Explanation: In this section and section 94, “serious bodily injury” signifies an injury which includes, or in all probability will include, the permanent loss of the use of, or perpetual injury to, any appendage or the permanent loss of, or injury to sight or hearing, or the fracture of any bone, however, will exclude, the fracture of a bone or joint (not being fracture of more than one bone or joint) of and phalanges of the hand or foot.
In the case of General Manager, Wheel & A. P, Bangalore v. State of Karnataka, it was held that the requirement of obtaining sanction to prosecute is mandatory and taking cognizance of an offense in the absence of sanction cannot be allowed to stand and has to be quashed.
In the case of Provincial Government v. Ganpat, it was held that where the occupier or the manager of the factory admits the guilt under Section 92 of the Act but alleges the clerk of the Factory to be the real wrong-doer, the responsibility of proving the innocence is on such occupier or the manager as the case may be.
The current Factories Act in operation has given sufficient advantages to the factory workers. It has significantly bettered their working and employment conditions. The Government is effectively considering the acquaintance of some vital amendments to the Act to keep it in line with the time and make it progressively viable while managing the obligations of the Occupier and Factory Manager under Factories Act 1948.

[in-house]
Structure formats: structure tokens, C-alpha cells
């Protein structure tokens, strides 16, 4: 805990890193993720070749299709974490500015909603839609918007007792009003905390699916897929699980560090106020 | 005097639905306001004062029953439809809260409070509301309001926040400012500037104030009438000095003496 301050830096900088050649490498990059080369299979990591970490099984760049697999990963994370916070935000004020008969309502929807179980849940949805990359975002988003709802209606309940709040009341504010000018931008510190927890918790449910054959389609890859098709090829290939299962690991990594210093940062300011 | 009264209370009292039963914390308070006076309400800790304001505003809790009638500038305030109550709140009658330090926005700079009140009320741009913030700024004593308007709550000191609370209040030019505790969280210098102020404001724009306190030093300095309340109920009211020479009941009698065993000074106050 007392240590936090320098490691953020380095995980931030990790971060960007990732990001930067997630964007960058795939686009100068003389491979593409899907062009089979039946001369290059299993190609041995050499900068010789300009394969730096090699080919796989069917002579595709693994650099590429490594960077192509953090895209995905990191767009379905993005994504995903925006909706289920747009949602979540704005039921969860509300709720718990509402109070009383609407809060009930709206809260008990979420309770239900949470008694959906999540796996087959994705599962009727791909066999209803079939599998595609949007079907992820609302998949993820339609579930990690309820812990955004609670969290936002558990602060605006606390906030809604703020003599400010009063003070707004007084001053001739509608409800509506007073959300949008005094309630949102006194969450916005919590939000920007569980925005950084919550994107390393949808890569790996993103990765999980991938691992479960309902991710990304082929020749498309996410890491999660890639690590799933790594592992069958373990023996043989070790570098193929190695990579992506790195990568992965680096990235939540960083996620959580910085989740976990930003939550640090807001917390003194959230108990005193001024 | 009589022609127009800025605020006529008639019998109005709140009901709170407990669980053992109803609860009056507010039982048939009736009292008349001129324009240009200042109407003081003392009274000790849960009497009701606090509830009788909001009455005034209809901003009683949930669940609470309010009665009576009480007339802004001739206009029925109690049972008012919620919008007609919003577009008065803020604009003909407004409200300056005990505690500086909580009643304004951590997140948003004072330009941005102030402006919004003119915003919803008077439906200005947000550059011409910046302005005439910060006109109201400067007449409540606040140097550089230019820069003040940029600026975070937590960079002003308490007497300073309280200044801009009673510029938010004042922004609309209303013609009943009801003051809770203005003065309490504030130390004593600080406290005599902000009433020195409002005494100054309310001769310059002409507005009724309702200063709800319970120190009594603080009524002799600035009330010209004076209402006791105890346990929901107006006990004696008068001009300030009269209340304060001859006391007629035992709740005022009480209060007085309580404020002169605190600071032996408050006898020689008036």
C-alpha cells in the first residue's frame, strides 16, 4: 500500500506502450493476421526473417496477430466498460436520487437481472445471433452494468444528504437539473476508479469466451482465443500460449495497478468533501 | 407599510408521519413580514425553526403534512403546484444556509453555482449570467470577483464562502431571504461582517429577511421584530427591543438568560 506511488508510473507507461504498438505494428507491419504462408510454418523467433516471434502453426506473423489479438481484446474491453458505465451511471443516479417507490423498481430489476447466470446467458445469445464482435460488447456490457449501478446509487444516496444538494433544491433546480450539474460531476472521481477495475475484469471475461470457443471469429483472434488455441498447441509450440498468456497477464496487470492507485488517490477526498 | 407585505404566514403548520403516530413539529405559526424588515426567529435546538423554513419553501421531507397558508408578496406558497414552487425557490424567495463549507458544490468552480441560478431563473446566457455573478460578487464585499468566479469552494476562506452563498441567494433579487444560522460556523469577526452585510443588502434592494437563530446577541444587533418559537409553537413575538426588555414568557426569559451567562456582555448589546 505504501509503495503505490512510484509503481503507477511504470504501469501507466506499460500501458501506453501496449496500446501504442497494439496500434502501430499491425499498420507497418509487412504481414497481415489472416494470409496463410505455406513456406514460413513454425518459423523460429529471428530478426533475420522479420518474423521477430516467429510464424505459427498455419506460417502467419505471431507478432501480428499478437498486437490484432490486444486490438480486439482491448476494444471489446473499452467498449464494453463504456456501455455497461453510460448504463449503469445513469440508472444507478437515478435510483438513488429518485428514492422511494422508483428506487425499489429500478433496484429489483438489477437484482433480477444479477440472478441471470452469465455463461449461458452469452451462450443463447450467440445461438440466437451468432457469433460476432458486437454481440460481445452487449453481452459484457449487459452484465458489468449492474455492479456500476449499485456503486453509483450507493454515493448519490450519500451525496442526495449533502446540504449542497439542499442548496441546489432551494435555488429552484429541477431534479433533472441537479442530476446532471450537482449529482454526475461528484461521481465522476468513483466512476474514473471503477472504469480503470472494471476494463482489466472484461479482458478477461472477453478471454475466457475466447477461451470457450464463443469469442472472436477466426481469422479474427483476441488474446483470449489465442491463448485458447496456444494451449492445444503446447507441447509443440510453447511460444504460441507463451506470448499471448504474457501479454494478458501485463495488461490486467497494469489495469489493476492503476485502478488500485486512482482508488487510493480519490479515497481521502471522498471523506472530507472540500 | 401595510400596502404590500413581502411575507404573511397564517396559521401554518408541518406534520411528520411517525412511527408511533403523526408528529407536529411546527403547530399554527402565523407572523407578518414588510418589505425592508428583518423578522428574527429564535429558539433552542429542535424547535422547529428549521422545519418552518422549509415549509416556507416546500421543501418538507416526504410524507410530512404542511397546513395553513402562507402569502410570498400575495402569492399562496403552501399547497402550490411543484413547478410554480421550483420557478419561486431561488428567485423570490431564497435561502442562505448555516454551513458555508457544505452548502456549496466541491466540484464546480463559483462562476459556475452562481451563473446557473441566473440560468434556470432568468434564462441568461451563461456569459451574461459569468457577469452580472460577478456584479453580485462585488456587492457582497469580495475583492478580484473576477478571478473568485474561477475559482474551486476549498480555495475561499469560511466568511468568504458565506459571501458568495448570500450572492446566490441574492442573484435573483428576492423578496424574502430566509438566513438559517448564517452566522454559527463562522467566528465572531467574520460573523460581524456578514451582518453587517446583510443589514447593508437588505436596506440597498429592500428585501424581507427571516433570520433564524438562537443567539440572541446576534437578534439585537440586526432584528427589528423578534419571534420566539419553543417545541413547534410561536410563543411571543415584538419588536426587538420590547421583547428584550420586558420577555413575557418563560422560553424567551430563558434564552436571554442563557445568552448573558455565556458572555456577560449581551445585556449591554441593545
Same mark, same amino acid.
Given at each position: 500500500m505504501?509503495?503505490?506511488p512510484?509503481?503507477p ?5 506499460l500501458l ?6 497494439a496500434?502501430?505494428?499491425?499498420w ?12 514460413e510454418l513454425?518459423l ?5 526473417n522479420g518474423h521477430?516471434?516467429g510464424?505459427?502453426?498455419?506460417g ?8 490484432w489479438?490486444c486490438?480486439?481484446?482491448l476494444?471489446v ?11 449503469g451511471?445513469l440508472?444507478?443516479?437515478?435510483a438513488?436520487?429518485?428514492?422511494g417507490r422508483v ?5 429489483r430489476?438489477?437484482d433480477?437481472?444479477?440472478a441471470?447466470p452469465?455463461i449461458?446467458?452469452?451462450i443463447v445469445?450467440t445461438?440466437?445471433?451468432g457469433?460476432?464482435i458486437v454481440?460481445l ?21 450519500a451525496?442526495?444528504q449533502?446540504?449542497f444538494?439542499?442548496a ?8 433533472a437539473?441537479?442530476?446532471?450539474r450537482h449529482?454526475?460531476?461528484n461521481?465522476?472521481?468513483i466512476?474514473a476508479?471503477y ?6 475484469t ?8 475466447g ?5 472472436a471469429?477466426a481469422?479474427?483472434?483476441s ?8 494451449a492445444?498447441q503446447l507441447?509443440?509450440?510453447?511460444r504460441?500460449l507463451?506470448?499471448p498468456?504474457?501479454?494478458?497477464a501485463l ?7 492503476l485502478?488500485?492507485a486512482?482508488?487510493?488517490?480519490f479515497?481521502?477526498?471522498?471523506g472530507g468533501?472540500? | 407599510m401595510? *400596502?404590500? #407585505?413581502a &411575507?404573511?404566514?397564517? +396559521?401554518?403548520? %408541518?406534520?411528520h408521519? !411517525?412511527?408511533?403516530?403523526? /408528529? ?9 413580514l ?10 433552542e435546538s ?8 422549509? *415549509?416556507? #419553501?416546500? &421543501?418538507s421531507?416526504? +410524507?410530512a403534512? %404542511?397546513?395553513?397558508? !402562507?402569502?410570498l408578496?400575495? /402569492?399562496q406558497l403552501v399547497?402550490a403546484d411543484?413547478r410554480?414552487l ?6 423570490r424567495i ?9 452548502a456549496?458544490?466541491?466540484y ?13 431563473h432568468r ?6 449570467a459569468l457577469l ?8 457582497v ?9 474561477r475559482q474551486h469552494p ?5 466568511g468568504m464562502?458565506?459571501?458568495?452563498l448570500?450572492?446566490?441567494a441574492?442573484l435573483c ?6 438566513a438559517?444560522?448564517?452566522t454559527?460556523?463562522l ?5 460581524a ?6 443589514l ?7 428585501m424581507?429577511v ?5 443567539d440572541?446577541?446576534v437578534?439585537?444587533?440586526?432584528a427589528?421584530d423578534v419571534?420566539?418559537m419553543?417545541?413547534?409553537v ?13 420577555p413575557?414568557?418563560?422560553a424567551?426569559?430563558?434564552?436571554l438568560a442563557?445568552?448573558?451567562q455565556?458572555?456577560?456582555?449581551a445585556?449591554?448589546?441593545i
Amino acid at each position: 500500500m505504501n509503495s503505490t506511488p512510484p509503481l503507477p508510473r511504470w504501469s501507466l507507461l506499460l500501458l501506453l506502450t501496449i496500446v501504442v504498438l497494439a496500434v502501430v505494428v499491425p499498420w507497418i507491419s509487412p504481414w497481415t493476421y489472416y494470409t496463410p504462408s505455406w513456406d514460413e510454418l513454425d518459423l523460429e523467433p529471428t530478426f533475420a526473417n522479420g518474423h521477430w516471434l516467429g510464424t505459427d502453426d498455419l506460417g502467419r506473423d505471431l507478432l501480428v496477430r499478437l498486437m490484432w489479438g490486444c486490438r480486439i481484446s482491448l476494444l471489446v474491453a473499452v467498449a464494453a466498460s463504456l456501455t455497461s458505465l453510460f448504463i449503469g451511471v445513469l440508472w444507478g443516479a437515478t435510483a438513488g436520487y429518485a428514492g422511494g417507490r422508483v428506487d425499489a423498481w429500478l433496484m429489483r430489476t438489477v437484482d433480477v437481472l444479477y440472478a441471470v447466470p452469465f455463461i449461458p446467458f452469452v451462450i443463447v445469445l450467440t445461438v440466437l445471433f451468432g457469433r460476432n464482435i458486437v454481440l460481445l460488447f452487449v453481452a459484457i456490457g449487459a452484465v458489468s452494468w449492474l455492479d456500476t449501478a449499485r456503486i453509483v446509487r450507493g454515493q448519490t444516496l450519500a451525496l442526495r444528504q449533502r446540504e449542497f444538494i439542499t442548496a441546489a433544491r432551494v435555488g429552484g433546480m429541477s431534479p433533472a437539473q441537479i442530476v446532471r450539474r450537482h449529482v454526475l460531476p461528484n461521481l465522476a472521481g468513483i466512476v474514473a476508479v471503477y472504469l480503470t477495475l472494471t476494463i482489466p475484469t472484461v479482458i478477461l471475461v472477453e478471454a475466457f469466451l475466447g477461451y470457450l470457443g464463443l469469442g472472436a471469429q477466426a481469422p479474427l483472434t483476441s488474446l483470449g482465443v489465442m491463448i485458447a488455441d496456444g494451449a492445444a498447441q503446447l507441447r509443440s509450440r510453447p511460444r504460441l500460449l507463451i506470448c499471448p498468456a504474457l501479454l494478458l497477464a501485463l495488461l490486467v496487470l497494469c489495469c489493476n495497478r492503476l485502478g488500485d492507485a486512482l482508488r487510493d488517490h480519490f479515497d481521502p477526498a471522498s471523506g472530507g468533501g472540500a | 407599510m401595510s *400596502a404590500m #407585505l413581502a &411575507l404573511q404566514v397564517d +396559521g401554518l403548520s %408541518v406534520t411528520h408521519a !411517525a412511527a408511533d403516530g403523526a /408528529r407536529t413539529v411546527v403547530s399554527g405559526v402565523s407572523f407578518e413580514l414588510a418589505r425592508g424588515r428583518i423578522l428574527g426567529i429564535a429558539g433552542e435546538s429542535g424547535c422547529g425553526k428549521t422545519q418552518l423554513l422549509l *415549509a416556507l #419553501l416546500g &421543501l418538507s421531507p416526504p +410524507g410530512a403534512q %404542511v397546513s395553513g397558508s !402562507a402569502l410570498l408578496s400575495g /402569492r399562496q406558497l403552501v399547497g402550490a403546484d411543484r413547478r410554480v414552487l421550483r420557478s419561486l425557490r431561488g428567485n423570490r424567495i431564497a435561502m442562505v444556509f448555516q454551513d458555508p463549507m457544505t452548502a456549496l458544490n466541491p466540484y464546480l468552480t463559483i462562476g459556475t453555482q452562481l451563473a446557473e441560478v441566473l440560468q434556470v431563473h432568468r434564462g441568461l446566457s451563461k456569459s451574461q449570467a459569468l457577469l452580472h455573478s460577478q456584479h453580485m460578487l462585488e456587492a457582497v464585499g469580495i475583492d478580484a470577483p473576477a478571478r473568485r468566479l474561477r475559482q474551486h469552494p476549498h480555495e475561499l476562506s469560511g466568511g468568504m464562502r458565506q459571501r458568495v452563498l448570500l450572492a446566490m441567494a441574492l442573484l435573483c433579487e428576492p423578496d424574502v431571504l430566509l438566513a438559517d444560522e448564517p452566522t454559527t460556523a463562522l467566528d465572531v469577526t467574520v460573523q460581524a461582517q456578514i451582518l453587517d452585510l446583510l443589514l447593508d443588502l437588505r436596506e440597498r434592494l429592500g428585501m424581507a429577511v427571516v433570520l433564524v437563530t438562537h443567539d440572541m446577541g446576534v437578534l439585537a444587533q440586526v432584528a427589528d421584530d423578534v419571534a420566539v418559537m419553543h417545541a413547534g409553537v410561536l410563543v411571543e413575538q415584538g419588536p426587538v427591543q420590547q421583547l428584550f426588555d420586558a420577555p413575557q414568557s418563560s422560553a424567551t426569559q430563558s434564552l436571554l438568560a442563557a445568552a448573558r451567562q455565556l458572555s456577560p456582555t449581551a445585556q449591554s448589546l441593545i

Out and out we can conclude that the Occupier and Factory Manager has an essential task to carry out in guaranteeing the wellbeing, security, and government assistance of the laborers as they are the foundation of the industrial sector. It is, however essential that the workers and their delegates make themselves mindful of the different provisions of the Act and protect their inclinations on their own and force the defaulting employer to be aware of his legal commitments.
 1995 (5) KarLJ 605, (1996) ILLJ 943 Kant
 AIR 1943 Nag 243
This Article is Authored by Harsh Sonbhadra, 2nd Year BALLB Student at Vivekananda Institute of Professional Studies (GGSIPU).
Also Read – An Overview of The Minimum Wages Act, 1948